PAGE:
In recent posts here, here, and here, I’ve been discussing structural vs. cyclical unemployment. In particular I’ve observed how those who are opposed to government stimulus efforts, either broad-based tax cuts or spending, are desperate to assert that our unemployment is a structural problem and not cyclical. Yesterday’s post about a story in the Wall Street Journal was one example. But here in my home state of Michigan, our Governor Rick Snyder has been saying much the same thing. Since Governor Snyder’s previous claims that the magic jobs genie would create jobs from budget cuts have not worked, he really wants to join the “it’s all structural” brigade. So last week Snyder announced:
Michigan needs to do better training people for in-demand jobs, and matching skilled workers with potential employers, Gov. Rick Snyder said…
“Today, too few workers have the skills needed to meet the demands of employers in the new economy,” Snyder said, according to an advance copy of his message. “Despite an unemployment rate of 10.6 percent, thousands of jobs remain unfilled in Michigan.”
Snyder said state companies say there is a “talent disconnect,” with baby boomer retirements leading to a loss of skilled workers and increasingly technology-driven economy requires advanced skills that many of our workers do not have.
“Today, talent has surpassed other resources as the driver of economic growth,” he said. “Times have been tough in Michigan. We have failed to think strategically about the relationship between economic development and talent. Job creators are finding it challenging to grow and develop without the right talent and job seekers are struggling to connect with the right opportunities that leverage their skills.”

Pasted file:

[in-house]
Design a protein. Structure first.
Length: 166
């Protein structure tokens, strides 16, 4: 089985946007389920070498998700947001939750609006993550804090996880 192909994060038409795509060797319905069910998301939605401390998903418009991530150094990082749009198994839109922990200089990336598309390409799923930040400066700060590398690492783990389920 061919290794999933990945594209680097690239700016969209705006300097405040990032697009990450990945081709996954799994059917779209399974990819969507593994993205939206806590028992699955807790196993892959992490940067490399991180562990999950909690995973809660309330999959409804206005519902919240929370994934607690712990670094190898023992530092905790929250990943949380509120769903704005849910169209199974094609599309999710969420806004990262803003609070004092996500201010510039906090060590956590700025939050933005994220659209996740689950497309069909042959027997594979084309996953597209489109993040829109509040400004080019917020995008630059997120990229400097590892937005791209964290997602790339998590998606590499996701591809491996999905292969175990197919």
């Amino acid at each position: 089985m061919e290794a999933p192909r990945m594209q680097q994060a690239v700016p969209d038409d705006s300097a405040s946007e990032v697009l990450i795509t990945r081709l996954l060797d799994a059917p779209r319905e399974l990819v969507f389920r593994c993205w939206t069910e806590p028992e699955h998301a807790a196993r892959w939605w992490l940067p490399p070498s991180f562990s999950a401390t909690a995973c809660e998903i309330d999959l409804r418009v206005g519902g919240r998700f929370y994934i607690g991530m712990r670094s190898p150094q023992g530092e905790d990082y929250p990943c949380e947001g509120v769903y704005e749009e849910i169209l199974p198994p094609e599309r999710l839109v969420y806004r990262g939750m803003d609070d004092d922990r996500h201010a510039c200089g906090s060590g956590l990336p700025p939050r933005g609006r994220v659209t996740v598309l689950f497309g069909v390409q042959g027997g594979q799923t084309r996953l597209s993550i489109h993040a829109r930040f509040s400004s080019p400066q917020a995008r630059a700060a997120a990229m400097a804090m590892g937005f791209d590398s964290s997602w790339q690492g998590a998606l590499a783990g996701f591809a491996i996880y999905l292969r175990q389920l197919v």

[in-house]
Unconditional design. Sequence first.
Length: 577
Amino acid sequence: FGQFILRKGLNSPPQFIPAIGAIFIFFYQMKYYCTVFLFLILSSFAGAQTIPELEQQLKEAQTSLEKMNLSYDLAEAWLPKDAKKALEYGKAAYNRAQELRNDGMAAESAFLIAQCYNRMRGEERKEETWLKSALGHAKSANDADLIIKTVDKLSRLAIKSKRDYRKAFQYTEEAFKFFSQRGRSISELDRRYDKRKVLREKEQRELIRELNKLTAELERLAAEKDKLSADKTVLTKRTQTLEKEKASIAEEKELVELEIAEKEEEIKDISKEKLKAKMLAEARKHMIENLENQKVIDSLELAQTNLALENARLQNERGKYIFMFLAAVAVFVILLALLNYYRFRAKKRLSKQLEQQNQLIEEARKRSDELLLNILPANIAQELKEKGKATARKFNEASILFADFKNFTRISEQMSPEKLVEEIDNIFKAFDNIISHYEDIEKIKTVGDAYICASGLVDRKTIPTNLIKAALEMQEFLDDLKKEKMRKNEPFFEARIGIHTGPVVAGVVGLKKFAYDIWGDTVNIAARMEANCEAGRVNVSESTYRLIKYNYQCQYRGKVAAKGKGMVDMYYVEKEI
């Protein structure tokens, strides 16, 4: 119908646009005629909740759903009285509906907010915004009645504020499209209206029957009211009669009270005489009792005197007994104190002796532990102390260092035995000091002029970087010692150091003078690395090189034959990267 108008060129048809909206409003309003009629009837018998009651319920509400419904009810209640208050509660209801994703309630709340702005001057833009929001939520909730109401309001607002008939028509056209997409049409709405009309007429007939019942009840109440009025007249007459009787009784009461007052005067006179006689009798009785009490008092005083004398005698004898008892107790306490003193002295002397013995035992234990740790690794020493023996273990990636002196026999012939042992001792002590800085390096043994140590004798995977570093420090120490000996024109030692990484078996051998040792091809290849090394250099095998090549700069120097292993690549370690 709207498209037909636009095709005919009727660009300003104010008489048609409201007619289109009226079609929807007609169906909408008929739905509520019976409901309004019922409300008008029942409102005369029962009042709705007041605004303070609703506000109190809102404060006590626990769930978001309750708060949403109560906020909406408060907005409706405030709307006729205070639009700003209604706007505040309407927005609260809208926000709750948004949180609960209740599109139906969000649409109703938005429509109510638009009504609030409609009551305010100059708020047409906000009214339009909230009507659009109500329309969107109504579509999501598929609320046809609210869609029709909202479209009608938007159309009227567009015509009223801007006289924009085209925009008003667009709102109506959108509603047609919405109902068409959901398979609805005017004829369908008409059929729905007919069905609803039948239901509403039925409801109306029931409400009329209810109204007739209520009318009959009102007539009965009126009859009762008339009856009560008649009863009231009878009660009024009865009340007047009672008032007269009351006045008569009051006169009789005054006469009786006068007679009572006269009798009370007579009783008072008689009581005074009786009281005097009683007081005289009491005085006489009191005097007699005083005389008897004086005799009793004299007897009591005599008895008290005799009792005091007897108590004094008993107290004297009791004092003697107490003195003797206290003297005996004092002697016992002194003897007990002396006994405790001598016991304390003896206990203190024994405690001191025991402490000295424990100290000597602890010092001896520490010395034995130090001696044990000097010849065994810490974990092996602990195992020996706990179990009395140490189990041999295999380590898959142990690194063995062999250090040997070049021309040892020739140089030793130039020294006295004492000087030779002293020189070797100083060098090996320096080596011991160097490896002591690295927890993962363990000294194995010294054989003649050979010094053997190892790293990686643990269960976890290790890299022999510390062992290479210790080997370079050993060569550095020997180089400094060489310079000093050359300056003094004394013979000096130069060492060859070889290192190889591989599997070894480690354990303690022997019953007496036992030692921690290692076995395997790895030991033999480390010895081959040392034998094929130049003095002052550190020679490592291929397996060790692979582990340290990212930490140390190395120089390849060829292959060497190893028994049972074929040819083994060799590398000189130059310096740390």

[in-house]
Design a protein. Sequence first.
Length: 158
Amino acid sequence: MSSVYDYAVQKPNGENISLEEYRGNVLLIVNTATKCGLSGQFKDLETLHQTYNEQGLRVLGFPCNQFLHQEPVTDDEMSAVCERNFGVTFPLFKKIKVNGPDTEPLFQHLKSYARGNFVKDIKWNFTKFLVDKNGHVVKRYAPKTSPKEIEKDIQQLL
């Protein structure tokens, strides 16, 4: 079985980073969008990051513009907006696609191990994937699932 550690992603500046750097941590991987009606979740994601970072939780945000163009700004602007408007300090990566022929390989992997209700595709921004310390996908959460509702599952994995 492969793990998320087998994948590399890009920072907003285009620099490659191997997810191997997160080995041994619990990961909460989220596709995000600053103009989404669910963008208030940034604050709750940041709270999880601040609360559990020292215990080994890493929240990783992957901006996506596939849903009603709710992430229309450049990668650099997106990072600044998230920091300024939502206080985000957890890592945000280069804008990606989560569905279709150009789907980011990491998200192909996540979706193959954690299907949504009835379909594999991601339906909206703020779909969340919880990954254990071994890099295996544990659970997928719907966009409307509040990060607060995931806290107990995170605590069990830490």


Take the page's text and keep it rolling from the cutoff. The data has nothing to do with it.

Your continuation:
Among the proposals is a new website, Pure Michigan Talent Connect – MiTalent.org – will feature tools for job-seekers and employers to identify labor trends and help people assess their skills, look for the training they need and connect with mentors.
The site is being launched in phases through June 2012. The first phase, features the “Career Matchmaker” and the “Career Investment Calculator.”
Partnering with public colleges and universities to provide a post-secondary education that is marketable and transferable. Snyder noted that the Center for Michigan concluded that colleges graduated 20 percent too few computer and math professionals, 14 percent too few health care professionals, and 3 percent too few engineers in 2009-2010.
“We need to stop overproducing in areas where there is little or no occupational demand and encourage students and educational institutions to invest in programs where the market is demanding a greater investment in talent,” Snyder said. “The current imbalance creates a population of young talent that cannot find work in Michigan, is saddled with debt and is ultimately forced to leave the state. This is an outcome we cannot afford.”…
“The simple truth is that tomorrow’s opportunities cannot be realized with yesterday’s skills,” he said. “The challenge we face is to align the aptitudes and career passions of job seekers with the current and evolving needs of employers. The solution is to reinvent the way in which we prepare our children for successful, fulfilling careers; reshape the manner in which Michiganders look for work; and redesign the way in which employers obtain the skills they need.”
Basically, Snyder is now asserting that Michigan’s high unemployment rate is primarily structural – it has nothing to do with Snyder’s jobs cuts and spending cuts in the state or with the present contractionary federal fiscal policy. Instead he blames the unemployed – they have the wrong skills and the wrong education. What’s particularly interesting here is that normally Snyder, like most Republican governors, is very pro “free market” and “private sector”. But apparently the free market and the private sector haven’t performed well in the labor market according to Snyder. Snyder seems to be saying we need government planning and direction to tell people what skills and education to get. Apparently Snyder also doesn’t think private employment agencies or employers do a very good job of identifying trends or make connections.
I think the problem is not that Michiganders don’t know the right way to look for work. There simply aren’t enough jobs at reasonable wages when they look. It seems strange to hear calls for such fancy government economic planning coming from a so-called advocate of free markets and the private sector. But when you’re desperate to justify spending cuts instead of stimulus, I guess that’s what you say.